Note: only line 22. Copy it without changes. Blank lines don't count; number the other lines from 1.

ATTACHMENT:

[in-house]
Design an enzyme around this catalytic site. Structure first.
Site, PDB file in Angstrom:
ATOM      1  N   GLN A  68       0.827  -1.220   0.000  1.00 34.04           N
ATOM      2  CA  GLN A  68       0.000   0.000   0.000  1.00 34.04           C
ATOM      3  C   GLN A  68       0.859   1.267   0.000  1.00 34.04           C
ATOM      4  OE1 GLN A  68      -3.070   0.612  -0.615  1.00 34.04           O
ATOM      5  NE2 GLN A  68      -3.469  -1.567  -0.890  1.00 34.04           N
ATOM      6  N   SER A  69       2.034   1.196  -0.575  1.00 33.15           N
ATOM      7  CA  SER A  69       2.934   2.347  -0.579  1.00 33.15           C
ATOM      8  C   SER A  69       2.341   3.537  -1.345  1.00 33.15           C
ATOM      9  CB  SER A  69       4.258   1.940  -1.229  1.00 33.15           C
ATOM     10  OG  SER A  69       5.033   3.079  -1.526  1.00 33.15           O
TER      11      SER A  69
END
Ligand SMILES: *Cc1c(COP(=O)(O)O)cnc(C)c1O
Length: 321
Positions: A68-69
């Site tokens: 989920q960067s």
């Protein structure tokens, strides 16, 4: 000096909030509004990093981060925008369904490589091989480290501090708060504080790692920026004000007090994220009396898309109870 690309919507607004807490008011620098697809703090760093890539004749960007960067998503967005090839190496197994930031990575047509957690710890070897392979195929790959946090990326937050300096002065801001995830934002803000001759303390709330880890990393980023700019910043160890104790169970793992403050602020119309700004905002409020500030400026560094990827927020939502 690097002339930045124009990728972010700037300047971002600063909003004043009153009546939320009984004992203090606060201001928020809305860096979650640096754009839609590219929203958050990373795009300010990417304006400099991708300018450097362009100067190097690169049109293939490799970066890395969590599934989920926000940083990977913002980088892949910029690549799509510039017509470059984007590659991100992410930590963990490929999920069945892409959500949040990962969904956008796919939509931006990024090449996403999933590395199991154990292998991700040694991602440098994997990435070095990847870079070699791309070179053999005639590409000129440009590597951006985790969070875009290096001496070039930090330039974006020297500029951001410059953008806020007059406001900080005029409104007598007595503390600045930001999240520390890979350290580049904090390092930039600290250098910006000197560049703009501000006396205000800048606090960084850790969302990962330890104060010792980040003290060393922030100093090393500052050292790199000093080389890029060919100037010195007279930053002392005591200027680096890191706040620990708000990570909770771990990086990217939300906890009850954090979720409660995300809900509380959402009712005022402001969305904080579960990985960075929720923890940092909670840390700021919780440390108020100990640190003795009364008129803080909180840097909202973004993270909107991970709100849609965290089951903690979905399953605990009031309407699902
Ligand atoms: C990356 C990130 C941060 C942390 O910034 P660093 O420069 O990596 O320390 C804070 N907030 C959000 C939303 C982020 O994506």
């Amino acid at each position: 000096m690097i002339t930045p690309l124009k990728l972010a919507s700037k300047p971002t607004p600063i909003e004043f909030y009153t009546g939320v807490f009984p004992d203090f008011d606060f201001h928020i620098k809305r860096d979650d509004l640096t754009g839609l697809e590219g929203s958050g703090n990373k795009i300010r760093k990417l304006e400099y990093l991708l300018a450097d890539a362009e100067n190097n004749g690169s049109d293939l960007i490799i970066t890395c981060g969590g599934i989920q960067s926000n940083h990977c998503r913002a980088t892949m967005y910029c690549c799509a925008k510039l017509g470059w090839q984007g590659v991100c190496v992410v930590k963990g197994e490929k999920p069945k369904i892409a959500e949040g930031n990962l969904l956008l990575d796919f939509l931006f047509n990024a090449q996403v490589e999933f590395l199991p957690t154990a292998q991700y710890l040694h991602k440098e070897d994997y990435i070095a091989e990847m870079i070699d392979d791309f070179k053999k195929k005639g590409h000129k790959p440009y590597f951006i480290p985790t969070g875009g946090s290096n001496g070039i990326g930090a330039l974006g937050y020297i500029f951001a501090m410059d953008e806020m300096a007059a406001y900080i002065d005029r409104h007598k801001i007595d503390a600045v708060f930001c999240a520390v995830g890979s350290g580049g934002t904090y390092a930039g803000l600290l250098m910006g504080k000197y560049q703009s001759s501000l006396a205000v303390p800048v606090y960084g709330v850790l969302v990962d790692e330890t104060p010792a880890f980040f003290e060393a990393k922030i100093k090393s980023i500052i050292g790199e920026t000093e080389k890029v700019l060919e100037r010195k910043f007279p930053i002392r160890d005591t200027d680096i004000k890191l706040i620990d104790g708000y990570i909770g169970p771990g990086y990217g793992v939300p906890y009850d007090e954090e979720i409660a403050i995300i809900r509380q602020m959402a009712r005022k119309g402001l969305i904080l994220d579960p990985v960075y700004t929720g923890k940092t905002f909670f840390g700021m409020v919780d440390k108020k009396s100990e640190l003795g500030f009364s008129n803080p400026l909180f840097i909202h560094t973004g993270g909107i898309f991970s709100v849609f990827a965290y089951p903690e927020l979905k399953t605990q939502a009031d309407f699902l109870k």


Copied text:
């Amino acid at each position: 000096m690097i002339t930045p690309l124009k990728l972010a919507s700037k300047p971002t607004p600063i909003e004043f909030y009153t009546g939320v807490f009984p004992d203090f008011d606060f201001h928020i620098k809305r860096d979650d509004l640096t754009g839609l697809e590219g929203s958050g703090n990373k795009i300010r760093k990417l304006e400099y990093l991708l300018a450097d890539a362009e100067n190097n004749g690169s049109d293939l960007i490799i970066t890395c981060g969590g599934i989920q960067s926000n940083h990977c998503r913002a980088t892949m967005y910029c690549c799509a925008k510039l017509g470059w090839q984007g590659v991100c190496v992410v930590k963990g197994e490929k999920p069945k369904i892409a959500e949040g930031n990962l969904l956008l990575d796919f939509l931006f047509n990024a090449q996403v490589e999933f590395l199991p957690t154990a292998q991700y710890l040694h991602k440098e070897d994997y990435i070095a091989e990847m870079i070699d392979d791309f070179k053999k195929k005639g590409h000129k790959p440009y590597f951006i480290p985790t969070g875009g946090s290096n001496g070039i990326g930090a330039l974006g937050y020297i500029f951001a501090m410059d953008e806020m300096a007059a406001y900080i002065d005029r409104h007598k801001i007595d503390a600045v708060f930001c999240a520390v995830g890979s350290g580049g934002t904090y390092a930039g803000l600290l250098m910006g504080k000197y560049q703009s001759s501000l006396a205000v303390p800048v606090y960084g709330v850790l969302v990962d790692e330890t104060p010792a880890f980040f003290e060393a990393k922030i100093k090393s980023i500052i050292g790199e920026t000093e080389k890029v700019l060919e100037r010195k910043f007279p930053i002392r160890d005591t200027d680096i004000k890191l706040i620990d104790g708000y990570i909770g169970p771990g990086y990217g793992v939300p906890y009850d007090e954090e979720i409660a403050i995300i809900r509380q602020m959402a009712r005022k119309g402001l969305i904080l994220d579960p990985v960075y700004t929720g923890k940092t905002f909670f840390g700021m409020v919780d440390k108020k009396s100990e640190l003795g500030f009364s008129n803080p400026l909180f840097i909202h560094t973004g993270g909107i898309f991970s709100v849609f990827a965290y089951p903690e927020l979905k399953t605990q939502a009031d309407f699902l109870k």